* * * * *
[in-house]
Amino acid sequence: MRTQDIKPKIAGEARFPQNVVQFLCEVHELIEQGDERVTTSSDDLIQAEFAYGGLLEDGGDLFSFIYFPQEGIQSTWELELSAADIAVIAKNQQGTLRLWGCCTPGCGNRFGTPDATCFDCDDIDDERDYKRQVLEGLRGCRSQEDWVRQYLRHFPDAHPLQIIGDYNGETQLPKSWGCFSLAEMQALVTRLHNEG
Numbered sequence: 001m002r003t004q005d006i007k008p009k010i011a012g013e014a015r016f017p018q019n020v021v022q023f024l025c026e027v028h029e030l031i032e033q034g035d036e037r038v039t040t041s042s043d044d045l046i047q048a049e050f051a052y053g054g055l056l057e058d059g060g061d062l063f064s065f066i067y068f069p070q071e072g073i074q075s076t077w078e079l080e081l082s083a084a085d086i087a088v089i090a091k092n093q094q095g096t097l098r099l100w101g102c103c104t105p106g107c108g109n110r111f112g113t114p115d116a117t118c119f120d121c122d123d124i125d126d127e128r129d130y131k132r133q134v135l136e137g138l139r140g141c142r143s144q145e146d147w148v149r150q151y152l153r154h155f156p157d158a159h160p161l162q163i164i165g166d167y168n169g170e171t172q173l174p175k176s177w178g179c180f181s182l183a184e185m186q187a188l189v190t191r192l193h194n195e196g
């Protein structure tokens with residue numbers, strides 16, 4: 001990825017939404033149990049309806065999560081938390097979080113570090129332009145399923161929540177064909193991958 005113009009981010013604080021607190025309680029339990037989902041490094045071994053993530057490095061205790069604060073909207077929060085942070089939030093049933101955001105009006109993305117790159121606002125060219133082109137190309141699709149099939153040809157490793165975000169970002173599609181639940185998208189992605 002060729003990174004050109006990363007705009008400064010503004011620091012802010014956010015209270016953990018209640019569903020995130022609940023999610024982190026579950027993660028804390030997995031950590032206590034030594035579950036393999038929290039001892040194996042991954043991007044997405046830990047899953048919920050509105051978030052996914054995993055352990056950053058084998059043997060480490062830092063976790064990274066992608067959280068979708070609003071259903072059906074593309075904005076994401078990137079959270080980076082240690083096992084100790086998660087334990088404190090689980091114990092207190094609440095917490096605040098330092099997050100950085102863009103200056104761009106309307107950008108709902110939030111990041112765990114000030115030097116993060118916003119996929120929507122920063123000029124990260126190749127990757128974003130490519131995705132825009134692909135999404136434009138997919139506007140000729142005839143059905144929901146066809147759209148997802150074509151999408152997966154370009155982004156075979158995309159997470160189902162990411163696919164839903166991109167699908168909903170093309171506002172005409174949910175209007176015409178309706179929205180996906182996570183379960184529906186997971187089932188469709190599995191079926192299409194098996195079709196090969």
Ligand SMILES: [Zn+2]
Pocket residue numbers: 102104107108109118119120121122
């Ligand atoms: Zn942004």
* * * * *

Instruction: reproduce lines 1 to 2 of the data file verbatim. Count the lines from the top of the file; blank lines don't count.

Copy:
[in-house]
Amino acid sequence: MRTQDIKPKIAGEARFPQNVVQFLCEVHELIEQGDERVTTSSDDLIQAEFAYGGLLEDGGDLFSFIYFPQEGIQSTWELELSAADIAVIAKNQQGTLRLWGCCTPGCGNRFGTPDATCFDCDDIDDERDYKRQVLEGLRGCRSQEDWVRQYLRHFPDAHPLQIIGDYNGETQLPKSWGCFSLAEMQALVTRLHNEG